This post is part of a 3 day Special Feature Post on ThePBSblog, located under our Articles  and Guest Feature section. The author’s name is Laura Dimon. Laura graduated from Columbia University’s Graduate School of Journalism in 2013. She has been published in the Economist, the Atlantic, and the Daily Beast. I ran across her article on the Prison system and its striking similarity to the Slavery Plantation and thought I’d share it here. However, it is  a lengthy article so I will be breaking it down into 3 separate post to give you room to process the information. I will also wait until after this series (Friday 10/17/14) before adding my own commentary, though you may comment after each segment as you wish.

*******************************************

It was 1972. Thousands of American troops were battling communist forces in Vietnam. Nixon had won re-election by a landslide, but Watergate would soon usher in his demise. Space travel and technology were advancing rapidly.
Change was brewing across America, but one place stood still, frozen in time: Louisiana State Penitentiary, commonly known as Angola. When Robert King arrived that year, he felt as though he’d stepped into the past.

90c8de8106fbbeda3ba73105db15189d
Angola sits 50 miles northwest of Baton Rouge. It’s the largest maximum-security facility in the United States and one of the country’s most notorious prisons. In the book The Life and Legend of Leadbelly, the authors wrote, “Tough criminals allegedly broke down when they received a sentence to Angola. … None of them wanted to be sent to a prison where 1 of every 10 inmates annually received stab wounds and which routinely seethed with black-white confrontations.”

 
Angola’s expanse covers a vast 28 square miles — larger than the size of Manhattan. Tucked away in a bend of the Mississippi River, it’s surrounded by water and swamp on three sides. It’s an isolated penal village — the nearest town 30 miles away — and it’s the only penitentiary in the country where staff members live on site. Generation after generation grow up, live and die on Angola’s land.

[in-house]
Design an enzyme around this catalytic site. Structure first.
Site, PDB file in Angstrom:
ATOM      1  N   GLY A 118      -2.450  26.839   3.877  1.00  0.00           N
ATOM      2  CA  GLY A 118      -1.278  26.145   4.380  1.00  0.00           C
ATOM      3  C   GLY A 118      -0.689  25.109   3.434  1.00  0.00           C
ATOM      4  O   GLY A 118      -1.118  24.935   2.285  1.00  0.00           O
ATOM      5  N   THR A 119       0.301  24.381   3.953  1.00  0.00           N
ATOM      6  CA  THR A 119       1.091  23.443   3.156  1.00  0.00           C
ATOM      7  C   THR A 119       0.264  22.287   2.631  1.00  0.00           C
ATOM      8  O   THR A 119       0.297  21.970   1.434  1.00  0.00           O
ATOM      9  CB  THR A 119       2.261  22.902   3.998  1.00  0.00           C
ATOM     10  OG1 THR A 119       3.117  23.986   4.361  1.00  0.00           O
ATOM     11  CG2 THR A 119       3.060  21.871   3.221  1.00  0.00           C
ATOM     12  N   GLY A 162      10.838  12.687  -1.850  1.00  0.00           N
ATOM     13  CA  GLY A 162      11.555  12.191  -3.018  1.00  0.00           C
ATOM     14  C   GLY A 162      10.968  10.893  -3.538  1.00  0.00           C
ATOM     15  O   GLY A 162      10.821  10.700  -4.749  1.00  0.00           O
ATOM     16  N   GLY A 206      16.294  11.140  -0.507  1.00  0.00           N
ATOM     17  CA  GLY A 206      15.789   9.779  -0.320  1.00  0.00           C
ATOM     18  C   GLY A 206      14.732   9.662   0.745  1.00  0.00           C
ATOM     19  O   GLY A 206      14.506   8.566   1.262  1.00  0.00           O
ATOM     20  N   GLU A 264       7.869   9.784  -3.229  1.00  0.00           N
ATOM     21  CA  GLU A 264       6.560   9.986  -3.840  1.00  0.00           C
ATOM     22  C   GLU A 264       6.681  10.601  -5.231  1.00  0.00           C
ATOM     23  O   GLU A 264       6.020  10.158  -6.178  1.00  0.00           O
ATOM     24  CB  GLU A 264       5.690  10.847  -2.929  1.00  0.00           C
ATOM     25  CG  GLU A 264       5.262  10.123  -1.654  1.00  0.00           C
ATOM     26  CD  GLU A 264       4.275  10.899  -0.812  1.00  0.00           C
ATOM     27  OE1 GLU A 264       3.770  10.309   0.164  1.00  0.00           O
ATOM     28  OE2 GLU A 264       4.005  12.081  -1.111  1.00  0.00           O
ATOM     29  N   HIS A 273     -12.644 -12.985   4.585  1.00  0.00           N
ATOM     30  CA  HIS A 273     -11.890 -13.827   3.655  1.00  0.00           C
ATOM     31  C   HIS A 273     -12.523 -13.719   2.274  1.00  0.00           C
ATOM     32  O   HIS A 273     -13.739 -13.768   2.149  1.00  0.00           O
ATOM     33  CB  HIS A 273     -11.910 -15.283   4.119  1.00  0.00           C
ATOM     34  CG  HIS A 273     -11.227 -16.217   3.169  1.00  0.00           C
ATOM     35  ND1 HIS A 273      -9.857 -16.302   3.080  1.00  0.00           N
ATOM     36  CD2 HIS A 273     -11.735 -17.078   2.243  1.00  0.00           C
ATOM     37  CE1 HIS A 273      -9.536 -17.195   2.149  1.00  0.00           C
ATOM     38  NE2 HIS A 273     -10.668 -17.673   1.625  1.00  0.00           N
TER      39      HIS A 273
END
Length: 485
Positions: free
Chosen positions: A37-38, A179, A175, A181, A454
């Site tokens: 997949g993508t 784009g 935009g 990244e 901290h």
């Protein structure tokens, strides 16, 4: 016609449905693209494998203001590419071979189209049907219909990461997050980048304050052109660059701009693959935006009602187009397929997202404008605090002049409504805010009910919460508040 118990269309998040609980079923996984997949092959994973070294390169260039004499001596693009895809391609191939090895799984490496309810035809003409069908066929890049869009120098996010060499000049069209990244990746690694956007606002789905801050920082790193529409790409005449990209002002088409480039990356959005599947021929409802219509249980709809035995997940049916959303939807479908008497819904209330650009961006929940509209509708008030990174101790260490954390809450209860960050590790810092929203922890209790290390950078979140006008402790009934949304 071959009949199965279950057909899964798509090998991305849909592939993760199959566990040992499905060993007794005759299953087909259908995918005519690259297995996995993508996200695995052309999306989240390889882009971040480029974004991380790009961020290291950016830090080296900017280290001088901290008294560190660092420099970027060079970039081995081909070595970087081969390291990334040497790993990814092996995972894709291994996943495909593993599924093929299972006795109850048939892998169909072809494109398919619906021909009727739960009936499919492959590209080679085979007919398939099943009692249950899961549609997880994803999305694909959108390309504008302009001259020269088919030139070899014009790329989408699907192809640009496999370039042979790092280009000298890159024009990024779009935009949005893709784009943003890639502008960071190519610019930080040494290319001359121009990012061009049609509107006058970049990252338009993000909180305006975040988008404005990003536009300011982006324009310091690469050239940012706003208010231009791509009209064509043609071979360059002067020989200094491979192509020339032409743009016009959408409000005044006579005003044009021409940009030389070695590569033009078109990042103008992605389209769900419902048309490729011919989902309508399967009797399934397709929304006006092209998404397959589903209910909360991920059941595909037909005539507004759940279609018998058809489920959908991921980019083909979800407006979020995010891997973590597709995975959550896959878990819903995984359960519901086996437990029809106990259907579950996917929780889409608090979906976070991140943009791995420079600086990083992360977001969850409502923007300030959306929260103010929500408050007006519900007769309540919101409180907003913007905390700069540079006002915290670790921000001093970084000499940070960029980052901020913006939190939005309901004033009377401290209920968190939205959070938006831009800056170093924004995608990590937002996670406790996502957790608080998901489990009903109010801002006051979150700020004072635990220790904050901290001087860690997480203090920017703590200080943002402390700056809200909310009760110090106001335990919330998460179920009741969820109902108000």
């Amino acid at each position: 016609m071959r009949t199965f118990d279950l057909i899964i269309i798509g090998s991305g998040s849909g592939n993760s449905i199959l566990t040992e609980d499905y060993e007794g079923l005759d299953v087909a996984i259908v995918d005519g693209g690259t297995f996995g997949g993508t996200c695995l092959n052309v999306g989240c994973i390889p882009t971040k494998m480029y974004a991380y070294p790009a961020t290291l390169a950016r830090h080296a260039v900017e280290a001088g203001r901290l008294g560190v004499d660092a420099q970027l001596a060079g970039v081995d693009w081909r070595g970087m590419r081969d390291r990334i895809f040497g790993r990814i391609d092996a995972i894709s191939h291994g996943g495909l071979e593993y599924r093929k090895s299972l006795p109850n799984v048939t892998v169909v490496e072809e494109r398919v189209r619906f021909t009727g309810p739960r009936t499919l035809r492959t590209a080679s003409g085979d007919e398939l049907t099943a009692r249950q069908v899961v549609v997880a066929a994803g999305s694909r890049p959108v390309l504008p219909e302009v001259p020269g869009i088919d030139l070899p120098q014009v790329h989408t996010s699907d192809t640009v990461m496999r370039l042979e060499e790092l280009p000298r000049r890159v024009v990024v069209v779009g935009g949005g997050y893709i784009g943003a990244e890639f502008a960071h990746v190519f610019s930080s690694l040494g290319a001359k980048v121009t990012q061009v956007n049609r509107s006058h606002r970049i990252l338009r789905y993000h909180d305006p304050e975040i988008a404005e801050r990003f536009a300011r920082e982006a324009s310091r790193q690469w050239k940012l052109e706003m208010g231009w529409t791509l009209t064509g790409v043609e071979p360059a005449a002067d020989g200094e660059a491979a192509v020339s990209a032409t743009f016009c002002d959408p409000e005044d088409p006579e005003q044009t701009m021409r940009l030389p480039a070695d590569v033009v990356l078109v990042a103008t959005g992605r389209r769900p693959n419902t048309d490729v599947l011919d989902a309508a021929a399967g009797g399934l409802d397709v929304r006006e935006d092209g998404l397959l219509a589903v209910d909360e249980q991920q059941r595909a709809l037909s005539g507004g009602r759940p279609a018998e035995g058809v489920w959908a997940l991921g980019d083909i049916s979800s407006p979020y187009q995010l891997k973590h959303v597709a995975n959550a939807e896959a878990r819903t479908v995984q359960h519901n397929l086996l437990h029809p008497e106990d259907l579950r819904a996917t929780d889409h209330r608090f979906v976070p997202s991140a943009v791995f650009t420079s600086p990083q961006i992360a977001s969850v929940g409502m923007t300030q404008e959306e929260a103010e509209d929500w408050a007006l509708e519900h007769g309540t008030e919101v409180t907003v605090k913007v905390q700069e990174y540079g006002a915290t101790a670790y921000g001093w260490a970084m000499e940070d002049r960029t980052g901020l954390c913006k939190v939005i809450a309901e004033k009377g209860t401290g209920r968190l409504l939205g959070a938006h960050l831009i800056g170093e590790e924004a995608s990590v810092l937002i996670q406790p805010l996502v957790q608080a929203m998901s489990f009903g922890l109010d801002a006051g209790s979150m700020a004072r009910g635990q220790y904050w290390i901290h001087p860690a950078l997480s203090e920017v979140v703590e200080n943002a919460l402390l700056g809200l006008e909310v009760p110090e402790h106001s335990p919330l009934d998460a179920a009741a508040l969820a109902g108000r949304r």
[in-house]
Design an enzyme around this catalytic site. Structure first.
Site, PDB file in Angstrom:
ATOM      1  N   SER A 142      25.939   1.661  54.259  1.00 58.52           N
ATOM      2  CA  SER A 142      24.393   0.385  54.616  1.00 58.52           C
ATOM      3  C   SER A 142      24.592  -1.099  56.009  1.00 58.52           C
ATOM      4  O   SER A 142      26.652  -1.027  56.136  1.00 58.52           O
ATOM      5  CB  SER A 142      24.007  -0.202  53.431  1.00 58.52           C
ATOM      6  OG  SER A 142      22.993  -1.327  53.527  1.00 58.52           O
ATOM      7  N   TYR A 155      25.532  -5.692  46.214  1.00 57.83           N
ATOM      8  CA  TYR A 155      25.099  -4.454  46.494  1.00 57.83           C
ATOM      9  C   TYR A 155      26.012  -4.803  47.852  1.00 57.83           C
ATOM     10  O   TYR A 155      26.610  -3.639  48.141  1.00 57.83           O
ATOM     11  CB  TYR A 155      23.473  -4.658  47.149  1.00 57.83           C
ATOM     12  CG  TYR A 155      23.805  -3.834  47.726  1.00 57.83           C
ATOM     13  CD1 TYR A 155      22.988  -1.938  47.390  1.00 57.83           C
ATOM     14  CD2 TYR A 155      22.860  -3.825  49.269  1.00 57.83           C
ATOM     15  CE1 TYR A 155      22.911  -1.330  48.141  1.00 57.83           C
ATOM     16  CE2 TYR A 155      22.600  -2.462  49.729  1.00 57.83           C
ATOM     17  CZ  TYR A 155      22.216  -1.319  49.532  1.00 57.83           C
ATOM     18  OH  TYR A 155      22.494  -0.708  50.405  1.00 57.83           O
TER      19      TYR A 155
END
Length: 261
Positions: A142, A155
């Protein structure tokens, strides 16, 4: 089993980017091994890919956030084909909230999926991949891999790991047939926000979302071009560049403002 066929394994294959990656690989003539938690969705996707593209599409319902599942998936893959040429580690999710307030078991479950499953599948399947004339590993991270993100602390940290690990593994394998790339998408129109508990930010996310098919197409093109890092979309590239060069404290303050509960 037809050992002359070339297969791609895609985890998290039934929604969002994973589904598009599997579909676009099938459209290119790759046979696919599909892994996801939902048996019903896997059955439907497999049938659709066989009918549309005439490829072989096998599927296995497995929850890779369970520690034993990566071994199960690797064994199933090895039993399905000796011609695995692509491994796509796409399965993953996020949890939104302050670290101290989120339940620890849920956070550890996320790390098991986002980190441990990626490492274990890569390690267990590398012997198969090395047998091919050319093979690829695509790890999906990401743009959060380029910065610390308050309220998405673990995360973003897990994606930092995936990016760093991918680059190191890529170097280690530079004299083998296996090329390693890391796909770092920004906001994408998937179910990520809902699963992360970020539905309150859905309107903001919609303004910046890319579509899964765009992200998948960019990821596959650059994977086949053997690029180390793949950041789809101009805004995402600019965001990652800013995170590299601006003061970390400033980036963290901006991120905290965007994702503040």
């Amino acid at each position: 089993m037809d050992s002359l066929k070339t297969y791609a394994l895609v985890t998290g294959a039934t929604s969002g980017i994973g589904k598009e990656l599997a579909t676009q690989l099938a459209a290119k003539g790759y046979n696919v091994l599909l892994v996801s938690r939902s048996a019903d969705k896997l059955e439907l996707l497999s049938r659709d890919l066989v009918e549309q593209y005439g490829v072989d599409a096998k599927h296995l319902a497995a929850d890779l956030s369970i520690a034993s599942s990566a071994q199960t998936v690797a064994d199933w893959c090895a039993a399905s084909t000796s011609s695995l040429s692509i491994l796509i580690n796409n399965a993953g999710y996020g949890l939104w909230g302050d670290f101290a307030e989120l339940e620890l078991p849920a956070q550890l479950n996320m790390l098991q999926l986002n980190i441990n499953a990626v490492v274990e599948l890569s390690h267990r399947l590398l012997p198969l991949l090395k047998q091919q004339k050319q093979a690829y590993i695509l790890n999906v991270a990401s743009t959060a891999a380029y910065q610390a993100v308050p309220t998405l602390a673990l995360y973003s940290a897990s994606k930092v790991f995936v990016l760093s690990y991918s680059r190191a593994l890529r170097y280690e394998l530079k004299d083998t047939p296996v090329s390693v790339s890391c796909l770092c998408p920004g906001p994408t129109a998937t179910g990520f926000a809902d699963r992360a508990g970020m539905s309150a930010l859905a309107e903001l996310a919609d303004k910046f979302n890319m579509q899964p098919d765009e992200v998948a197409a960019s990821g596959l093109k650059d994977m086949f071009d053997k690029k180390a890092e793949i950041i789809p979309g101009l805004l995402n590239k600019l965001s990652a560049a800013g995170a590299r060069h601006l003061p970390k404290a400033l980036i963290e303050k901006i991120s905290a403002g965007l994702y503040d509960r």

6be2f7f86a51e48c43c5d2ca8c296dab
When King, now 71, arrived at Angola, his first impression of it was that it resembled a slave plantation, he said. And it used to be just that. Its name is derived from the home country of the slaves who used to work the land. Today, the comparison remains sadly accurate: Inmates are disproportionately black. They’re forced into hard labor and monitored closely by armed white staff on horseback. There is a sex slave trade behind the bars and many black inmates are deprived of basic constitutional rights. King landed a tough lot in life: He was born black in Louisiana in 1942. In his 2008 book From the Bottom of the Heap, he wrote, “I was born in the U.S.A. Born black, born poor. Is it any wonder that I have spent most of my life in prison?” He went to Angola when he was 18 for a murder he did not commit and remained there for 31 years, 29 of which he spent in solitary confinement, before he was finally freed in 2001.

*Note: Image Credits: AP, Peter Puna, Robert King